Producing apple logos plus other unobtainable spares

CooperBox

macrumors 65816
Original poster
Nov 28, 2010
1,074
1,050
France - between Ricard & Absinthe
I have several 'Clamshell' G3 iBooks, some of which have the apple logo missing from the top casing. And believe me, finding a replacement is a little like looking for a spare unicorn horn.
Sometimes it's the leaf missing, or the apple, or both.
The following show a few of my clamshells with and without the logo, confirming how this simple embellishment transforms the overall look, and arguably increases it's value - well it would for me anyhow, given the choice of 2 fully serviceable iBooks one with and one without the logo, I would certainly pay a small premium for one displaying the logo.

KeyLime with missing logo - looking somewhat scruffy, with leaf poorly hand painted too. This is the very rare 466MHz model.

Lime1.jpg


Lime2.jpg


Another complete with logo. Completely ready for action. This is the 366MHz model.

Lime3.jpg


Ditto for the indigo clamshell.

Indigo.jpg



I've often wondered what it would take to home produce a reasonable-looking logo suitable for implanting into the clamshell lid.
In an arts and craft store I found a product called Fimo Soft made by Staedtler. It's a modeling clay which after forming is cured by baking in a domestic oven.
I'm no arts/craft modeling person, but I did give it a try. My first attempt was a disaster. The material was formed ok by pushing into the empty Apple logo socket on the clamshell lid, but became deformed on removal. I then found that by first placing a piece of thin baking film in the empty socket first, then pressing in the modelling clay, it could be easily removed by lifting out the thin film liner. The underside was a smooth, perfectly contoured Apple logo, which was at least a starter. But the top side wasn't smooth, certainly not suitable for exterior display. That initial attempt was a few months ago and due to time restraints (half a dozen collectable Macs and IBM Thinkpads in the wings awaiting re-assembly) I have progressed no further with 'crafting'.
My thoughts were that after baking 2 identical pieces then reworked by halving their thicknesses, then bonding together with superglue would make a suitable replacement with smooth contours on both faces - for the clamshell lid.
I also see there is a liquid form of Fimo, although a liquid resin for casting the logo may be an even more suitable solution. As I say, not being an 'arty' individual my knowledge on fabricating suitable items is extremely limited.
The other possibility is 3D printing. As I noted elsewhere on this forum there are some interesting YT videos showing Apple logos being produced. Anybody reading this care to try their hand and report back?.....;)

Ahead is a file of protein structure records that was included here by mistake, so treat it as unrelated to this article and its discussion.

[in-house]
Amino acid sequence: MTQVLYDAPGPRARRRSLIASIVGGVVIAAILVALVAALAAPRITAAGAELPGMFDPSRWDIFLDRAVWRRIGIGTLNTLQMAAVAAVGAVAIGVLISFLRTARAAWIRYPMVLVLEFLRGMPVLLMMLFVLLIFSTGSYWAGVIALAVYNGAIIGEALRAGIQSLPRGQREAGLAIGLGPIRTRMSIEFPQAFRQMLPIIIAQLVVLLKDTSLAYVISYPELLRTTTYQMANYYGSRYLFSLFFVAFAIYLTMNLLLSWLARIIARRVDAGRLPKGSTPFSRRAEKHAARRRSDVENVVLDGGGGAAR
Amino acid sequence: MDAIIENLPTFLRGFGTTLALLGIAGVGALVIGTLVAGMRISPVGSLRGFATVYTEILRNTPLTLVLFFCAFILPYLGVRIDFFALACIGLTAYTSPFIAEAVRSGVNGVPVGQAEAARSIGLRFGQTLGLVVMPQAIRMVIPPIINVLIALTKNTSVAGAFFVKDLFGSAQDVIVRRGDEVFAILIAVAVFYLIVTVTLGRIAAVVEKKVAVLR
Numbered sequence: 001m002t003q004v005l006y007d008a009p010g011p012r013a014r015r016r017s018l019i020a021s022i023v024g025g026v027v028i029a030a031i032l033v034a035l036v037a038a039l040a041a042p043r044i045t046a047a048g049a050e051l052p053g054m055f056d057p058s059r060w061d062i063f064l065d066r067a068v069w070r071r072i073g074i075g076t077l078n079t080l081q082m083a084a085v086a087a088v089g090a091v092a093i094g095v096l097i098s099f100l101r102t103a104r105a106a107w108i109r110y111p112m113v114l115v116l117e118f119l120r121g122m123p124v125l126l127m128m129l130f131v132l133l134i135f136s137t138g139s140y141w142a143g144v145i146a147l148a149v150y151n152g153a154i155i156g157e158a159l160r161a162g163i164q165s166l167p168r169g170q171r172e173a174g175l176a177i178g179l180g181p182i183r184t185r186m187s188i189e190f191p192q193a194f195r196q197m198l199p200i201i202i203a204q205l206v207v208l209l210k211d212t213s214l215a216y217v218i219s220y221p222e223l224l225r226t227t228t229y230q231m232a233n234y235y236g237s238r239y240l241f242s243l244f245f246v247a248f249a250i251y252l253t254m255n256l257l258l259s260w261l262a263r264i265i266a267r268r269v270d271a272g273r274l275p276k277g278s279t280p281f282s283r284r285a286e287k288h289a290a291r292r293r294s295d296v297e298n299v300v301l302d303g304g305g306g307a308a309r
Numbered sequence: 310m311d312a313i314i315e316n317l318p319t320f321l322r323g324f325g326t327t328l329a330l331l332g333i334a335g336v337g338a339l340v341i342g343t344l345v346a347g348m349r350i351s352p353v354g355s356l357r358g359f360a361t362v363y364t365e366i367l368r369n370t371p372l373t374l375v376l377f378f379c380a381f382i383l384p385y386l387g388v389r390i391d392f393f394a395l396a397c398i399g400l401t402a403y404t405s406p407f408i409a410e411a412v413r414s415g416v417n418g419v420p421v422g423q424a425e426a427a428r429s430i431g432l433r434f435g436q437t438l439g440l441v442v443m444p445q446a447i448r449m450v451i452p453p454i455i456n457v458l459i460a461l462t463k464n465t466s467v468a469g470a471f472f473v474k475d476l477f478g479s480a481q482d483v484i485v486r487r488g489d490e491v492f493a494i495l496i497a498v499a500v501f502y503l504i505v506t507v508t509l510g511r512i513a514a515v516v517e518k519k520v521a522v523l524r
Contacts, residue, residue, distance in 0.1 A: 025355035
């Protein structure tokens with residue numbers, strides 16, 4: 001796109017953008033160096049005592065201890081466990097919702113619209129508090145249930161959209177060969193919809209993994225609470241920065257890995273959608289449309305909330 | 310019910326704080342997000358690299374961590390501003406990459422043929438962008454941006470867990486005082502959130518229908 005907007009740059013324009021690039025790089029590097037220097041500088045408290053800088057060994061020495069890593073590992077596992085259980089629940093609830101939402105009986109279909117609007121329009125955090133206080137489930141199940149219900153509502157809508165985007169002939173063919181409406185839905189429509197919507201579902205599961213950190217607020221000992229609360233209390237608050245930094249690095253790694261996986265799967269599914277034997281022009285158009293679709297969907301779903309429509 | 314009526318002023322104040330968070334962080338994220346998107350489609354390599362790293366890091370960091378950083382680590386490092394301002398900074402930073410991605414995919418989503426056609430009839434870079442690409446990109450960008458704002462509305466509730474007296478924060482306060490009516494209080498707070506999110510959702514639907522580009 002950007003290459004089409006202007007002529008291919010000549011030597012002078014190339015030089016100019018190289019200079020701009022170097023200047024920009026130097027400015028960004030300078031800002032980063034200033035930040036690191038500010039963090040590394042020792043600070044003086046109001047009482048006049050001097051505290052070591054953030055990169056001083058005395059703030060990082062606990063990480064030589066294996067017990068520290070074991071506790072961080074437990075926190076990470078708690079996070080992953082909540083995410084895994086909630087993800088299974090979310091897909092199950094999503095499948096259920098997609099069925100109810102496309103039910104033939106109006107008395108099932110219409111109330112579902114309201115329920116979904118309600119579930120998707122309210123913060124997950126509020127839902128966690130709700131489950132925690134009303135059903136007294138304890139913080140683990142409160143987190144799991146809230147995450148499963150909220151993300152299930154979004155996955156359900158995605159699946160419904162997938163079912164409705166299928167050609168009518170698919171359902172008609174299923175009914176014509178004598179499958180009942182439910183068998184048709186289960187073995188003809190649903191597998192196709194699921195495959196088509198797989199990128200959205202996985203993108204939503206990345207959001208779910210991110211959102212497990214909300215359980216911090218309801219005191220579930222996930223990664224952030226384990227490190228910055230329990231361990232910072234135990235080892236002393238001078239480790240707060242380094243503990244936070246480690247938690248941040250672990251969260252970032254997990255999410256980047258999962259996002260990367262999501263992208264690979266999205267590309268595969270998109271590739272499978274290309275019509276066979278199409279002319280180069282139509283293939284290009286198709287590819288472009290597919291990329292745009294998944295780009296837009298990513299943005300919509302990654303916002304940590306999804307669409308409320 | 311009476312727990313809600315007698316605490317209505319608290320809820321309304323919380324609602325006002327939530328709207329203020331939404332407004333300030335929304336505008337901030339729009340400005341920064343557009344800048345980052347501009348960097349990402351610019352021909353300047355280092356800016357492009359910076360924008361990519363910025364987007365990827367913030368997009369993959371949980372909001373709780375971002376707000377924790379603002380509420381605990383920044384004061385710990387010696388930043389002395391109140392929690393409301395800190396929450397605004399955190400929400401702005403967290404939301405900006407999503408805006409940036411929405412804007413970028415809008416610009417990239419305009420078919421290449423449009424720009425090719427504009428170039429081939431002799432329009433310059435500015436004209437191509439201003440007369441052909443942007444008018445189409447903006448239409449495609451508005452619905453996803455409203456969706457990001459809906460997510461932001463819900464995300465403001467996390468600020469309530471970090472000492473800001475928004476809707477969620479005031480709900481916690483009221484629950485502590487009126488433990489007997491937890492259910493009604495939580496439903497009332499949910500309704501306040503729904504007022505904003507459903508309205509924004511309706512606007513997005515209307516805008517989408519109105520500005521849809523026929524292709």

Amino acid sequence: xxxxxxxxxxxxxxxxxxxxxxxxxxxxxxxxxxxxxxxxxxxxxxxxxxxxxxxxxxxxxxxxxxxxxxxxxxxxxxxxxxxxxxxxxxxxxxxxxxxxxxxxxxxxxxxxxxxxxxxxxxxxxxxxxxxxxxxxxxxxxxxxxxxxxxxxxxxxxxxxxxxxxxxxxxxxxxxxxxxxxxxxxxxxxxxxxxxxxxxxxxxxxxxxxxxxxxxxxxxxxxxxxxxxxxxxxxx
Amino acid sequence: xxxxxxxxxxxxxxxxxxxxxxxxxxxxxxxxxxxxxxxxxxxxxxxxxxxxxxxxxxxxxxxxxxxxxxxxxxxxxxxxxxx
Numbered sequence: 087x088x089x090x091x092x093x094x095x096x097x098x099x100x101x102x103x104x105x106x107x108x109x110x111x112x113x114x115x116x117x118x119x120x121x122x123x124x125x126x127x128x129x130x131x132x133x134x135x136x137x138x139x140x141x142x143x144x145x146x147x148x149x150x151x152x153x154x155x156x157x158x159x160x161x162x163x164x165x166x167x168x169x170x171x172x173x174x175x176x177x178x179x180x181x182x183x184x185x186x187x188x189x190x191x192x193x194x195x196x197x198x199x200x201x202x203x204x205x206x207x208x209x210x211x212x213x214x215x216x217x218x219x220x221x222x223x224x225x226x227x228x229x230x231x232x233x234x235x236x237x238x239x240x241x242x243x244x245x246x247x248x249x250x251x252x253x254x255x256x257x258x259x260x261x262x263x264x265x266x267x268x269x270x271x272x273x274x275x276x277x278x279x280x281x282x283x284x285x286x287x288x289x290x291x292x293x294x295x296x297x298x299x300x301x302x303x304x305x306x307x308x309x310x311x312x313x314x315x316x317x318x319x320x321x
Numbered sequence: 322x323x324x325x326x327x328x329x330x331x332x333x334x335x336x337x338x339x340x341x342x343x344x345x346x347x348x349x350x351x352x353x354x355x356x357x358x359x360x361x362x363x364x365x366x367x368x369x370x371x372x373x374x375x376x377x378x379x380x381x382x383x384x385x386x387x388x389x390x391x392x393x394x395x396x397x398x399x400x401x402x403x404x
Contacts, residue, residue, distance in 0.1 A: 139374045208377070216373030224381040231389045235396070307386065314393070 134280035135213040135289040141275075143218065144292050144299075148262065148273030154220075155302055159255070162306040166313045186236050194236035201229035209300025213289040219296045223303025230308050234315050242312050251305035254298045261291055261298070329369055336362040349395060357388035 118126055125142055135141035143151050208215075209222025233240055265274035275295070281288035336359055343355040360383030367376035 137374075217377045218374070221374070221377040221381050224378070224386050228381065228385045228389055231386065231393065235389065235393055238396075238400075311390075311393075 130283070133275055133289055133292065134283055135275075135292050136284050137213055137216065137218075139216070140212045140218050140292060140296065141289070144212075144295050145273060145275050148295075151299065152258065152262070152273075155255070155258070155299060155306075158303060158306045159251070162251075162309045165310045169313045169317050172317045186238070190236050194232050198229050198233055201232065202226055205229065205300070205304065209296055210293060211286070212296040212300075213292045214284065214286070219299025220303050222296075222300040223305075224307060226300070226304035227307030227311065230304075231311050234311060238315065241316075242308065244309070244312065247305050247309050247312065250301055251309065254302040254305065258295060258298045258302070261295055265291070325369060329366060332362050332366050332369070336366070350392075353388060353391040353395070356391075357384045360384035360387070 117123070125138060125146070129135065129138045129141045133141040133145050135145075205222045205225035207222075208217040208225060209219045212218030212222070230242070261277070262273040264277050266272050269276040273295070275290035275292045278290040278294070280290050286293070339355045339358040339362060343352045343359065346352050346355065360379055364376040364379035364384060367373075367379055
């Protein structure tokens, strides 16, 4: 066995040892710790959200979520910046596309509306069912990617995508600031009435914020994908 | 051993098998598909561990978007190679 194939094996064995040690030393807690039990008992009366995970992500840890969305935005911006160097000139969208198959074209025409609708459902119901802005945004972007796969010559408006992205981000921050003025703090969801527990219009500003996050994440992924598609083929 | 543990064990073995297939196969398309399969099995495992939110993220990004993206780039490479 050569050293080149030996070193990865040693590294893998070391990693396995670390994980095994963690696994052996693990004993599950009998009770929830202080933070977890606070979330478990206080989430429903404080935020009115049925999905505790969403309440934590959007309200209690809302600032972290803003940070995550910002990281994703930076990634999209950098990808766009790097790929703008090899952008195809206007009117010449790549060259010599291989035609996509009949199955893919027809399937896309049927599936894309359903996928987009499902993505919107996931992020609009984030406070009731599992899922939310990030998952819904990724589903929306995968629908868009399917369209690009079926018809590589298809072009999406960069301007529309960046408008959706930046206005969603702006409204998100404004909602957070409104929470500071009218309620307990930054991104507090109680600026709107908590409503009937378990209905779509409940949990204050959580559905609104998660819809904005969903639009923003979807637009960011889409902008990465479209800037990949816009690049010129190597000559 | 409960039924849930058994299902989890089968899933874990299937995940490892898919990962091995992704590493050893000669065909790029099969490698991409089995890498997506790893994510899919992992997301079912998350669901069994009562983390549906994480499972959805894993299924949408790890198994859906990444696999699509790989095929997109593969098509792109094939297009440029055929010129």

Ideally for someone who has mastered a 3D printer, this could open up the possibility of manufacturing other extremely difficult-to-find parts such as the clamshell optical-drive cover, handles etc.
Hopefully this may stimulate someone else to try any of the above methods. I reckon they could generate a little extra income. I'd certainly purchase half a dozen, or more if the price was correct.
 

galgot

macrumors regular
May 28, 2015
158
209
I did manage to replace the logo leaf only on two of mines, a Lime and a Graphite 1stgen.
With some moldable translucent plastic, found that in a creative hobby store , it come in bricks of differents basic colors. It's plastic like at current temperature, but becomes moldable when left in hot water for a few minutes. By mixing colors you can get what you want. it's the same polymorph stuff that @Dronecatcher post above.
Here a post on my "art" on 68kmla.org :
https://68kmla.org/forums/index.php?/topic/25205-galgots-new-stuff/&do=findComment&comment=285486
now doing the main apple part like that... Never tried.
But i think it wouldn't look so great, cause it as to have a really smooth surface . Easy to do on the small leaf part, but not of the big apple part.
Maybe the solution would be to mold it in clear tinted resin. Make a mold in silicon from an original, tint your clear resin, and pour in the mold.
But that's just saying , doing it might take more time ;) finding the good tint mix to have the correct color would take a few trys, and silicon and resin stuff are not cheap.
Last time i bought a iMac G3 graphite to complete my clamshell colllection, it was of course missing the complete apple logo :/ waited and waited for an graphite apple logo to show cheap on eeebay...
And one day , was fed up, just bought the only one there at 45 €... And the clamshell it was destined to costed me 15 €. I know ... It's completely stupid. But at least i made the leaf myself.
 
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RhianB

macrumors 6502a
Sep 3, 2016
874
987
505 USA
If I were so inclined, I would engineer a mold via 3D printer & push the polymorph into that. Let it cool, pop it out & sand the bottom flat with a block or belt sander so it bonds snugly & uniformly to the clamshell.
[doublepost=1548639168][/doublepost]Being as rare as they are, whoever had the gear to do this could make a decent profit selling to refirbers & hobbyists.
 

bare spots

macrumors member
Dec 31, 2007
59
7
northeast
Came across a you tube of an unboxoxing of one of these this morning, least it looked very similar. They mentioned it was from around year 2000 and looked pretty recent. Just looked, I thought came a crossed it from here (g3 unboxing) but don't see it unless it's down page but just was gonna say, think mentioned the logo wasn't a perfect match color wise with trim. Anyways, pretty sure heard that. Could be wrong but pretty good video, had os9 on start up.
 
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